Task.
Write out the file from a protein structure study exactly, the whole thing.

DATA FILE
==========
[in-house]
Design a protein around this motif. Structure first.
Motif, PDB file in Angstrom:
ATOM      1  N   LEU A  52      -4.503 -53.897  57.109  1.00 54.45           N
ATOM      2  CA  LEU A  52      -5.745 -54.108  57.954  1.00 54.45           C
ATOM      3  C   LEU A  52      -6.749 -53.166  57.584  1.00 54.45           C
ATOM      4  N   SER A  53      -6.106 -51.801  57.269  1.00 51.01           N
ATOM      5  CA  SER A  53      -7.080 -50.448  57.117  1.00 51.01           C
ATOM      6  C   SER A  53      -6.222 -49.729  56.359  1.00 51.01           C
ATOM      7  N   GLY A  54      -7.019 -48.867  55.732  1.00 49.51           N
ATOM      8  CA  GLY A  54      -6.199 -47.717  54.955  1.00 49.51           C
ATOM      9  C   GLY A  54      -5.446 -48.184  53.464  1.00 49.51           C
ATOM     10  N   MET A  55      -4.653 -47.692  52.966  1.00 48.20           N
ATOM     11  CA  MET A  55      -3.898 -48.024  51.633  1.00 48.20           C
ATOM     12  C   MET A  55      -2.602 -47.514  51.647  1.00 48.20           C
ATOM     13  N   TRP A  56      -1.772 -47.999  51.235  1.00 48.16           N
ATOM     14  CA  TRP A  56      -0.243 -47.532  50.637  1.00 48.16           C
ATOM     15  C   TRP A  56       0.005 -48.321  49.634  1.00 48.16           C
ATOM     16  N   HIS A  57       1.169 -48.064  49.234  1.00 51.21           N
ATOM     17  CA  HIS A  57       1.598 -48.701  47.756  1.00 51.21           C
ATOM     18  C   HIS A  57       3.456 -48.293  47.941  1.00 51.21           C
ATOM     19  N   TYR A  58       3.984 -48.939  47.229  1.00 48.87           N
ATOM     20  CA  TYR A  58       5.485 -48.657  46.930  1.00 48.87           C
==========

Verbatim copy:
[in-house]
Design a protein around this motif. Structure first.
Motif, PDB file in Angstrom:
ATOM      1  N   LEU A  52      -4.503 -53.897  57.109  1.00 54.45           N
ATOM      2  CA  LEU A  52      -5.745 -54.108  57.954  1.00 54.45           C
ATOM      3  C   LEU A  52      -6.749 -53.166  57.584  1.00 54.45           C
ATOM      4  N   SER A  53      -6.106 -51.801  57.269  1.00 51.01           N
ATOM      5  CA  SER A  53      -7.080 -50.448  57.117  1.00 51.01           C
ATOM      6  C   SER A  53      -6.222 -49.729  56.359  1.00 51.01           C
ATOM      7  N   GLY A  54      -7.019 -48.867  55.732  1.00 49.51           N
ATOM      8  CA  GLY A  54      -6.199 -47.717  54.955  1.00 49.51           C
ATOM      9  C   GLY A  54      -5.446 -48.184  53.464  1.00 49.51           C
ATOM     10  N   MET A  55      -4.653 -47.692  52.966  1.00 48.20           N
ATOM     11  CA  MET A  55      -3.898 -48.024  51.633  1.00 48.20           C
ATOM     12  C   MET A  55      -2.602 -47.514  51.647  1.00 48.20           C
ATOM     13  N   TRP A  56      -1.772 -47.999  51.235  1.00 48.16           N
ATOM     14  CA  TRP A  56      -0.243 -47.532  50.637  1.00 48.16           C
ATOM     15  C   TRP A  56       0.005 -48.321  49.634  1.00 48.16           C
ATOM     16  N   HIS A  57       1.169 -48.064  49.234  1.00 51.21           N
ATOM     17  CA  HIS A  57       1.598 -48.701  47.756  1.00 51.21           C
ATOM     18  C   HIS A  57       3.456 -48.293  47.941  1.00 51.21           C
ATOM     19  N   TYR A  58       3.984 -48.939  47.229  1.00 48.87           N
ATOM     20  CA  TYR A  58       5.485 -48.657  46.930  1.00 48.87           C